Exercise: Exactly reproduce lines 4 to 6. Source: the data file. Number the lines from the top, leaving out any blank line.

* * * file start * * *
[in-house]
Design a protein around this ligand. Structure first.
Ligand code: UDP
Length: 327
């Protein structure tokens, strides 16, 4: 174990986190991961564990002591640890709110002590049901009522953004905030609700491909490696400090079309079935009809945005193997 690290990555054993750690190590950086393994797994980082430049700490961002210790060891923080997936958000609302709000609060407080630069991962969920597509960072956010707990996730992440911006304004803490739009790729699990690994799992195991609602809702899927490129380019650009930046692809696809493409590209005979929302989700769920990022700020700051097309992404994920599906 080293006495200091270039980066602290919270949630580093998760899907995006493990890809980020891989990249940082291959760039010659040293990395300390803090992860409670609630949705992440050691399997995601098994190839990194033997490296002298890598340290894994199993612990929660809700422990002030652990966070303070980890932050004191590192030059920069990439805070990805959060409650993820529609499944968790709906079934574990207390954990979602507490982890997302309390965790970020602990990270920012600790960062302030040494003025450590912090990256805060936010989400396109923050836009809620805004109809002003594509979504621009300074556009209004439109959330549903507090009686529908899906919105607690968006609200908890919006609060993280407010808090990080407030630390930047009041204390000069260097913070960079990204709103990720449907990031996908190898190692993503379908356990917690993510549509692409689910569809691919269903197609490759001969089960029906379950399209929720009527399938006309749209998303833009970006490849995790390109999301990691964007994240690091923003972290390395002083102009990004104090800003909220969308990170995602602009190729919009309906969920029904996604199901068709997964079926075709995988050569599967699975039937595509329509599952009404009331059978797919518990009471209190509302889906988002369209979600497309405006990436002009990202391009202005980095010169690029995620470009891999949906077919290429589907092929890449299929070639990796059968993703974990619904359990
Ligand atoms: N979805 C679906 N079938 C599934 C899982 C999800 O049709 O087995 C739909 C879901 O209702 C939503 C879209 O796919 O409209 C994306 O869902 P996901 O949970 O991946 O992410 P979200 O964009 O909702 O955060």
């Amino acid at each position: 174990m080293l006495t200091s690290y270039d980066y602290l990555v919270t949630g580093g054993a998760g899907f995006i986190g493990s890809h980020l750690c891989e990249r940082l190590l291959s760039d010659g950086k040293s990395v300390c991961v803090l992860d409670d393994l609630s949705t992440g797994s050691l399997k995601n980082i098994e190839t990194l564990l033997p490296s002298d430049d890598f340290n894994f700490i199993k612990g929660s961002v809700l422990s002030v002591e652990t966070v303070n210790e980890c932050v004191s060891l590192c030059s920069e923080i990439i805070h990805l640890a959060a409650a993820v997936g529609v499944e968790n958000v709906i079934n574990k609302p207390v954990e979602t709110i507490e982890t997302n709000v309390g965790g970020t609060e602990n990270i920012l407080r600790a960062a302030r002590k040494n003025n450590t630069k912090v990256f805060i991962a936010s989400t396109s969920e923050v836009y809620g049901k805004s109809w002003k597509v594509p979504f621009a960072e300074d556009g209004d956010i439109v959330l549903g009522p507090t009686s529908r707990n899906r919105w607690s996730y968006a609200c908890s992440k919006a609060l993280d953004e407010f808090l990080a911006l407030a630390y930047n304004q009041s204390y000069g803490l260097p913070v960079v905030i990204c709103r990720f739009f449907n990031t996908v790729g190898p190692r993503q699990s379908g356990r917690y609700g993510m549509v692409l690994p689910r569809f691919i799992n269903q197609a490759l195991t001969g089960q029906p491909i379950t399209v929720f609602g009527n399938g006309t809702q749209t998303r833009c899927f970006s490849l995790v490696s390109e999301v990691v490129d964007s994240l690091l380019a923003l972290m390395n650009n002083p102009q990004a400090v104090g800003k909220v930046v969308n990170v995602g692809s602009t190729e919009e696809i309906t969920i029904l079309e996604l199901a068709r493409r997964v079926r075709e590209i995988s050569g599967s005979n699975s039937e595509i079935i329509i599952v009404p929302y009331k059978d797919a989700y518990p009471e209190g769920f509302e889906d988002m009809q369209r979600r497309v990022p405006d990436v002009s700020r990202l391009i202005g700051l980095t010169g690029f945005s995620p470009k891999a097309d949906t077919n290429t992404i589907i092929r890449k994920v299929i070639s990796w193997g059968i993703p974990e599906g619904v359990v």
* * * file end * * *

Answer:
Length: 327
């Protein structure tokens, strides 16, 4: 174990986190991961564990002591640890709110002590049901009522953004905030609700491909490696400090079309079935009809945005193997 690290990555054993750690190590950086393994797994980082430049700490961002210790060891923080997936958000609302709000609060407080630069991962969920597509960072956010707990996730992440911006304004803490739009790729699990690994799992195991609602809702899927490129380019650009930046692809696809493409590209005979929302989700769920990022700020700051097309992404994920599906 080293006495200091270039980066602290919270949630580093998760899907995006493990890809980020891989990249940082291959760039010659040293990395300390803090992860409670609630949705992440050691399997995601098994190839990194033997490296002298890598340290894994199993612990929660809700422990002030652990966070303070980890932050004191590192030059920069990439805070990805959060409650993820529609499944968790709906079934574990207390954990979602507490982890997302309390965790970020602990990270920012600790960062302030040494003025450590912090990256805060936010989400396109923050836009809620805004109809002003594509979504621009300074556009209004439109959330549903507090009686529908899906919105607690968006609200908890919006609060993280407010808090990080407030630390930047009041204390000069260097913070960079990204709103990720449907990031996908190898190692993503379908356990917690993510549509692409689910569809691919269903197609490759001969089960029906379950399209929720009527399938006309749209998303833009970006490849995790390109999301990691964007994240690091923003972290390395002083102009990004104090800003909220969308990170995602602009190729919009309906969920029904996604199901068709997964079926075709995988050569599967699975039937595509329509599952009404009331059978797919518990009471209190509302889906988002369209979600497309405006990436002009990202391009202005980095010169690029995620470009891999949906077919290429589907092929890449299929070639990796059968993703974990619904359990
Ligand atoms: N979805 C679906 N079938 C599934 C899982 C999800 O049709 O087995 C739909 C879901 O209702 C939503 C879209 O796919 O409209 C994306 O869902 P996901 O949970 O991946 O992410 P979200 O964009 O909702 O955060």